Photography starts with seeing something interesting. Then we capture it with our cameras and either preserve it as a personal memory or share it with others. Anything is fair game when it is a personal memory. Sharing images can be casual, but more often than not it is to make an impression on others, either as an artistic statement, or possibly in a competition.
Digital capture is pretty straight forward and today’s cameras do a pretty good job of making a good image. Moving a good image to something better is where craft enters and the end game is your personal art.
Not many photographers had personal darkrooms, but far more work with their images in Lightroom, and quite a few in Photoshop. The photograph has become a more personal statement than ever for anyone who is more than a casual shooter. This means there are new skills to learn.
Those skills start at the camera. How you see in the first place and how you use composition and exposure to control your capture are the first steps in photographic creativity. Then comes either Lightroom or Camera Raw processing to move the capture to essentially a usable image. Much can be done there, but that is far from the end of the process.
Image refinement is similar to taking a sketch to a finished drawing or painting in that the basic idea is not enough. The image you present to others should not be a casual concept, but a polished statement of your vision. Getting from your first capture to the point where you can create this refinement can be a lifelong adventure.
That adventure should be a gratifying experience, but that does not mean it will be quick or easy. Anything worthwhile is a reward paid for with the joy of learning combined with the effort of acquiring new skills. If you learned a musical instrument at some time in your life you can relate the sour notes at the start to the unsophisticated images made with your first camera.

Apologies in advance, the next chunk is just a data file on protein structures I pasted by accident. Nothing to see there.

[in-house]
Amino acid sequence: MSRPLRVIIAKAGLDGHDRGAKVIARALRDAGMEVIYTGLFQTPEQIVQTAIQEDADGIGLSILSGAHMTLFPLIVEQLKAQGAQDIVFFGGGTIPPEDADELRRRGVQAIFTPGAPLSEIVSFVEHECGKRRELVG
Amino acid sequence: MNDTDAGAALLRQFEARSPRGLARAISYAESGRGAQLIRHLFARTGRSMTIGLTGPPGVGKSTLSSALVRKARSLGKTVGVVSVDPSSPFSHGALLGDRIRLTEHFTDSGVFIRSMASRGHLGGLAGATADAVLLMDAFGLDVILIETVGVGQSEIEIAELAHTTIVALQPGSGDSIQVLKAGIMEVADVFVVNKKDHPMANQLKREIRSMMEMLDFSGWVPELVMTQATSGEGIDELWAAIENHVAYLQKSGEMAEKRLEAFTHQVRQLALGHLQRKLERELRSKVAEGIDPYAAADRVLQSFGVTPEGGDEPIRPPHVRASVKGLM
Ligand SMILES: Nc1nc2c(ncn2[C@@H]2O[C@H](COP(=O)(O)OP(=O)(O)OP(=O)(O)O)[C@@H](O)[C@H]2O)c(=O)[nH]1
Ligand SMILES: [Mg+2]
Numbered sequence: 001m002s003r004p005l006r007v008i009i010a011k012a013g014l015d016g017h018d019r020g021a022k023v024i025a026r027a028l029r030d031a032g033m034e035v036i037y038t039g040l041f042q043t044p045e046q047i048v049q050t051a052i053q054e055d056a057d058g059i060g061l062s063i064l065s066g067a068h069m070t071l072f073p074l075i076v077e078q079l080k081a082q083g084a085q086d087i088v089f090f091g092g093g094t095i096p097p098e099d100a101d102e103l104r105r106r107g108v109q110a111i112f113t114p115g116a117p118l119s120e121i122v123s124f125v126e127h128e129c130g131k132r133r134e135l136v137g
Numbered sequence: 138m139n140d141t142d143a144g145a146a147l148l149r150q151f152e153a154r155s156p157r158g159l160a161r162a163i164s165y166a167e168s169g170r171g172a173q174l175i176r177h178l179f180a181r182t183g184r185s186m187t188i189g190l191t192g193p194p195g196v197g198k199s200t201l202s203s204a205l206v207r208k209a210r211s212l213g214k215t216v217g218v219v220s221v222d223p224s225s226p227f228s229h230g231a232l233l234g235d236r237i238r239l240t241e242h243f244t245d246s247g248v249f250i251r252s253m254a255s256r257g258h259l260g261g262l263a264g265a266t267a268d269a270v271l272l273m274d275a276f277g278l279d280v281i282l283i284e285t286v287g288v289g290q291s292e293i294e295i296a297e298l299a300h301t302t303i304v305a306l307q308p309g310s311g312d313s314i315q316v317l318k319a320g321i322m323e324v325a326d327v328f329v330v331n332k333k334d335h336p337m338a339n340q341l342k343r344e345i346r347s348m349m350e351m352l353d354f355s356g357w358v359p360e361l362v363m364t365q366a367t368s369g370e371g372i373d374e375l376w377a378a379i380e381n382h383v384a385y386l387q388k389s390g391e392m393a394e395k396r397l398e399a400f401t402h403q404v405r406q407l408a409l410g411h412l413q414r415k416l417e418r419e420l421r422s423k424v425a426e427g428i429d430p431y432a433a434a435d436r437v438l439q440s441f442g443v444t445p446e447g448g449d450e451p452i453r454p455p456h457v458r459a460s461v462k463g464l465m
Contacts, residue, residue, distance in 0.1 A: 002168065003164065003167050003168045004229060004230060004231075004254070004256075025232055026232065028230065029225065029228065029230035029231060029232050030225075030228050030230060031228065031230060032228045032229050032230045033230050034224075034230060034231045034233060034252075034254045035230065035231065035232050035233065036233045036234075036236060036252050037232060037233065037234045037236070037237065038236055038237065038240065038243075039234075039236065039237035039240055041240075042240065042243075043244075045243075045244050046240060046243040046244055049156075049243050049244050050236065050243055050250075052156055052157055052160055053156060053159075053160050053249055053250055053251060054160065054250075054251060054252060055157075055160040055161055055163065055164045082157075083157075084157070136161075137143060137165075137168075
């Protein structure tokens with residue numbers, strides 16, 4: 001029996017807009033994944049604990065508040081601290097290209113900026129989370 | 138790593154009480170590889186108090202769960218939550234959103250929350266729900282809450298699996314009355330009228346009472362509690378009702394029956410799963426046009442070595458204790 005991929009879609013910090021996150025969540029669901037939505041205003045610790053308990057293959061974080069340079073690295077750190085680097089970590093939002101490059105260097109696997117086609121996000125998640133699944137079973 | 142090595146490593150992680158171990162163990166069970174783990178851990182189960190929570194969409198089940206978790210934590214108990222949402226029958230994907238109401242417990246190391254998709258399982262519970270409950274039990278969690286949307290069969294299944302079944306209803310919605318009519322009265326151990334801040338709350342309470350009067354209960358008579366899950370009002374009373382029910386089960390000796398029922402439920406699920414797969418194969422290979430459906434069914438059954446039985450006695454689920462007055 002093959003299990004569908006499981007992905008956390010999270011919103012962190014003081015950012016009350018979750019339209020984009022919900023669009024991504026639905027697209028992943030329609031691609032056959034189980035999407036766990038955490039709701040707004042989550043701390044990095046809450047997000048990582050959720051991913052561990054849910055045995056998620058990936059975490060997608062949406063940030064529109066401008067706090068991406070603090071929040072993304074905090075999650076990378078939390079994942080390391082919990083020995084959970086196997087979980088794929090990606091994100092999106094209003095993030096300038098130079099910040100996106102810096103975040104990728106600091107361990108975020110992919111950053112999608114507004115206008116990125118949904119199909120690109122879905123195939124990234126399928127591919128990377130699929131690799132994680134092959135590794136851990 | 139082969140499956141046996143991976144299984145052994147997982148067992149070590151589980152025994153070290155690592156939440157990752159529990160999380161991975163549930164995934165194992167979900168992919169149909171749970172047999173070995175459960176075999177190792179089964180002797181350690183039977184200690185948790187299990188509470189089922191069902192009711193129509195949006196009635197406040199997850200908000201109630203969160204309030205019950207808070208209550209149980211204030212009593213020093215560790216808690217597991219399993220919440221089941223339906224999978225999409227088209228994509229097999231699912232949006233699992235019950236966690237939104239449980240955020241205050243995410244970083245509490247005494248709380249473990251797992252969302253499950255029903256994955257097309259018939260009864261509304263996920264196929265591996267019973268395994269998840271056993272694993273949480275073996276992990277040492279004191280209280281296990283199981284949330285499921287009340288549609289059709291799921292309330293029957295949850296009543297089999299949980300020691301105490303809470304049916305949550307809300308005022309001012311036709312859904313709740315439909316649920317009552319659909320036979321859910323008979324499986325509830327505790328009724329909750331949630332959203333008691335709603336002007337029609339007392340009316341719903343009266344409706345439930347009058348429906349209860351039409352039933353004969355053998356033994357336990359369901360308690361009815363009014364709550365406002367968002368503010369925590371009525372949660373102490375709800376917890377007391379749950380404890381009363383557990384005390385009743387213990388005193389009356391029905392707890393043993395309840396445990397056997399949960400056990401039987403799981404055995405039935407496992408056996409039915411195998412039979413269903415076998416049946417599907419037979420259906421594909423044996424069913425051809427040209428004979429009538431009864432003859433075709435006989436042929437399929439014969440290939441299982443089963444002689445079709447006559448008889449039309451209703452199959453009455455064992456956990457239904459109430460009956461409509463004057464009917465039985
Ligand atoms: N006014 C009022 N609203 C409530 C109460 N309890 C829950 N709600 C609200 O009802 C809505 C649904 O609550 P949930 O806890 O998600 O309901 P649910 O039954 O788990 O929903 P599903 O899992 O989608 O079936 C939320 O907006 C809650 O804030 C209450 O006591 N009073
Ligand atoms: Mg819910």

We often just need someone to point out things in our efforts that could be done better, often in ways we didn’t even imagine. This is not a fault, it is simply the way we function and learn. We do not tend to automatically explore options. We need to be made aware. We need guidance. We need to be shown another way.
I will be offering a class at the Hershey Library on Saturday morning October 13th. Rather than the usual demonstrations of how I made a particular image or used a special technique, this will be a class where your images are the source material. How to better see possibilities than to have something you have captured turned into a finished image in a way you may not have envisioned. Your images will be taken through Lightroom and Photoshop to show you how they may be modified and enhanced.
The class starts at 9:30. Requirements for participation are that you bring at least three images on a jump drive, including brackets if available, and be willing to have your images used for demonstration. You will be given the final result as a psd on your drive so you can study what was done after the class.
Sign up for the class at the Hershey Library or by emailing me. The class cost is $40. Doors open at 9:30 a.m.